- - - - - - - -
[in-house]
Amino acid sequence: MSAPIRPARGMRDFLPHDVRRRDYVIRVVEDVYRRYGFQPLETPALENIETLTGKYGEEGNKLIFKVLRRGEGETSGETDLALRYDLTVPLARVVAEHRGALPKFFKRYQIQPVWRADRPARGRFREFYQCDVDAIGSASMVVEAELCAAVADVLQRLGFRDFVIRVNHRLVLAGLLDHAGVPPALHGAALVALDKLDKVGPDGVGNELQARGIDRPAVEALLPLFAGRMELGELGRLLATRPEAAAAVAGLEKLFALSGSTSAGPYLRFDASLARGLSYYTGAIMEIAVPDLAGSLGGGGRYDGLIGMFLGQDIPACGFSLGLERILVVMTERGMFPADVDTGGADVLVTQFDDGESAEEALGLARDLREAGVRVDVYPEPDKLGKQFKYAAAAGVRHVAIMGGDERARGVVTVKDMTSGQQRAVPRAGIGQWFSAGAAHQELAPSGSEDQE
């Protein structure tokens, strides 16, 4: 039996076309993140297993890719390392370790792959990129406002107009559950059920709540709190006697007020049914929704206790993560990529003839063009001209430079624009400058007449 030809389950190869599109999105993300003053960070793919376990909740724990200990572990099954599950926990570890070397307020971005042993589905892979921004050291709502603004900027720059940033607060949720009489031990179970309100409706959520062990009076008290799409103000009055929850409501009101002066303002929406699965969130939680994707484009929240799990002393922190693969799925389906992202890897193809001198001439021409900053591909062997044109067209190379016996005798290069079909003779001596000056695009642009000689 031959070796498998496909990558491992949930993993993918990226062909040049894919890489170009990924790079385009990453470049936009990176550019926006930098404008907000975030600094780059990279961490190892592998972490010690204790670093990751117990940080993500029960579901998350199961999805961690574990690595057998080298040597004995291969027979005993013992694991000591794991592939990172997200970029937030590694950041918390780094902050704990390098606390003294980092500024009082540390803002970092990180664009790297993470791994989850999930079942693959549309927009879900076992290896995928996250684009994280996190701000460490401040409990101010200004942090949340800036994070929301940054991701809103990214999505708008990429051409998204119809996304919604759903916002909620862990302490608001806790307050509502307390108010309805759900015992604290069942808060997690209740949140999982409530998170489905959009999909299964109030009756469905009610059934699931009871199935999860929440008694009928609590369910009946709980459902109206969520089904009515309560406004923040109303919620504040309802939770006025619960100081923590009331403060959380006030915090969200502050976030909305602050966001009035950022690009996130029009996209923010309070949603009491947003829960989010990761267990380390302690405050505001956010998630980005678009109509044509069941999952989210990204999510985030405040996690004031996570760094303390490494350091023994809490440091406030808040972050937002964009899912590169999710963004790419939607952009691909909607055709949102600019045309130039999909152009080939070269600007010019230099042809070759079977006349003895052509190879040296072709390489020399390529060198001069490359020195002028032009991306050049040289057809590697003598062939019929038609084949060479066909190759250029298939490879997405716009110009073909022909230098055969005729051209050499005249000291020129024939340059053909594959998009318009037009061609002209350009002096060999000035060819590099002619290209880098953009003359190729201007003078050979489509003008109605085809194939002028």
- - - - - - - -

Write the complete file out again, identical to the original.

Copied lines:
[in-house]
Amino acid sequence: MSAPIRPARGMRDFLPHDVRRRDYVIRVVEDVYRRYGFQPLETPALENIETLTGKYGEEGNKLIFKVLRRGEGETSGETDLALRYDLTVPLARVVAEHRGALPKFFKRYQIQPVWRADRPARGRFREFYQCDVDAIGSASMVVEAELCAAVADVLQRLGFRDFVIRVNHRLVLAGLLDHAGVPPALHGAALVALDKLDKVGPDGVGNELQARGIDRPAVEALLPLFAGRMELGELGRLLATRPEAAAAVAGLEKLFALSGSTSAGPYLRFDASLARGLSYYTGAIMEIAVPDLAGSLGGGGRYDGLIGMFLGQDIPACGFSLGLERILVVMTERGMFPADVDTGGADVLVTQFDDGESAEEALGLARDLREAGVRVDVYPEPDKLGKQFKYAAAAGVRHVAIMGGDERARGVVTVKDMTSGQQRAVPRAGIGQWFSAGAAHQELAPSGSEDQE
């Protein structure tokens, strides 16, 4: 039996076309993140297993890719390392370790792959990129406002107009559950059920709540709190006697007020049914929704206790993560990529003839063009001209430079624009400058007449 030809389950190869599109999105993300003053960070793919376990909740724990200990572990099954599950926990570890070397307020971005042993589905892979921004050291709502603004900027720059940033607060949720009489031990179970309100409706959520062990009076008290799409103000009055929850409501009101002066303002929406699965969130939680994707484009929240799990002393922190693969799925389906992202890897193809001198001439021409900053591909062997044109067209190379016996005798290069079909003779001596000056695009642009000689 031959070796498998496909990558491992949930993993993918990226062909040049894919890489170009990924790079385009990453470049936009990176550019926006930098404008907000975030600094780059990279961490190892592998972490010690204790670093990751117990940080993500029960579901998350199961999805961690574990690595057998080298040597004995291969027979005993013992694991000591794991592939990172997200970029937030590694950041918390780094902050704990390098606390003294980092500024009082540390803002970092990180664009790297993470791994989850999930079942693959549309927009879900076992290896995928996250684009994280996190701000460490401040409990101010200004942090949340800036994070929301940054991701809103990214999505708008990429051409998204119809996304919604759903916002909620862990302490608001806790307050509502307390108010309805759900015992604290069942808060997690209740949140999982409530998170489905959009999909299964109030009756469905009610059934699931009871199935999860929440008694009928609590369910009946709980459902109206969520089904009515309560406004923040109303919620504040309802939770006025619960100081923590009331403060959380006030915090969200502050976030909305602050966001009035950022690009996130029009996209923010309070949603009491947003829960989010990761267990380390302690405050505001956010998630980005678009109509044509069941999952989210990204999510985030405040996690004031996570760094303390490494350091023994809490440091406030808040972050937002964009899912590169999710963004790419939607952009691909909607055709949102600019045309130039999909152009080939070269600007010019230099042809070759079977006349003895052509190879040296072709390489020399390529060198001069490359020195002028032009991306050049040289057809590697003598062939019929038609084949060479066909190759250029298939490879997405716009110009073909022909230098055969005729051209050499005249000291020129024939340059053909594959998009318009037009061609002209350009002096060999000035060819590099002619290209880098953009003359190729201007003078050979489509003008109605085809194939002028």